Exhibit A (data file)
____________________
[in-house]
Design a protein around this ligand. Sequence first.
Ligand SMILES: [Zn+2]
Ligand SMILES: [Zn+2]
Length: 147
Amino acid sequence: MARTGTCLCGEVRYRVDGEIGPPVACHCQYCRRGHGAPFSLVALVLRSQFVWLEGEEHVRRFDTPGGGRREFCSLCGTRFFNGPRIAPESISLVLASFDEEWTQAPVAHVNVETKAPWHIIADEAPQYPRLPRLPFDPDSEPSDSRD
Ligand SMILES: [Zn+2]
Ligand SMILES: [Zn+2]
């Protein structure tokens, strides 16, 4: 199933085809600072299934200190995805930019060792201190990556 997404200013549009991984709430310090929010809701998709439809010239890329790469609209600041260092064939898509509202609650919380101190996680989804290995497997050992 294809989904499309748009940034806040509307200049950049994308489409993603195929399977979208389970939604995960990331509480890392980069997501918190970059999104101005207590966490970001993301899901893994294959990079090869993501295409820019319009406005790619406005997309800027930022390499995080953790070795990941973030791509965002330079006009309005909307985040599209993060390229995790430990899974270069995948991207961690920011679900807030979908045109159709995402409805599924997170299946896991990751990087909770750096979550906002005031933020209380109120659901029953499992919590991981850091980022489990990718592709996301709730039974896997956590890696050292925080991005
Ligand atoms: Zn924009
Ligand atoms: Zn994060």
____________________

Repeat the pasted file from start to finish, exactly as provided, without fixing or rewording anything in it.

[in-house]
Design a protein around this ligand. Sequence first.
Ligand SMILES: [Zn+2]
Ligand SMILES: [Zn+2]
Length: 147
Amino acid sequence: MARTGTCLCGEVRYRVDGEIGPPVACHCQYCRRGHGAPFSLVALVLRSQFVWLEGEEHVRRFDTPGGGRREFCSLCGTRFFNGPRIAPESISLVLASFDEEWTQAPVAHVNVETKAPWHIIADEAPQYPRLPRLPFDPDSEPSDSRD
Ligand SMILES: [Zn+2]
Ligand SMILES: [Zn+2]
């Protein structure tokens, strides 16, 4: 199933085809600072299934200190995805930019060792201190990556 997404200013549009991984709430310090929010809701998709439809010239890329790469609209600041260092064939898509509202609650919380101190996680989804290995497997050992 294809989904499309748009940034806040509307200049950049994308489409993603195929399977979208389970939604995960990331509480890392980069997501918190970059999104101005207590966490970001993301899901893994294959990079090869993501295409820019319009406005790619406005997309800027930022390499995080953790070795990941973030791509965002330079006009309005909307985040599209993060390229995790430990899974270069995948991207961690920011679900807030979908045109159709995402409805599924997170299946896991990751990087909770750096979550906002005031933020209380109120659901029953499992919590991981850091980022489990990718592709996301709730039974896997956590890696050292925080991005
Ligand atoms: Zn924009
Ligand atoms: Zn994060």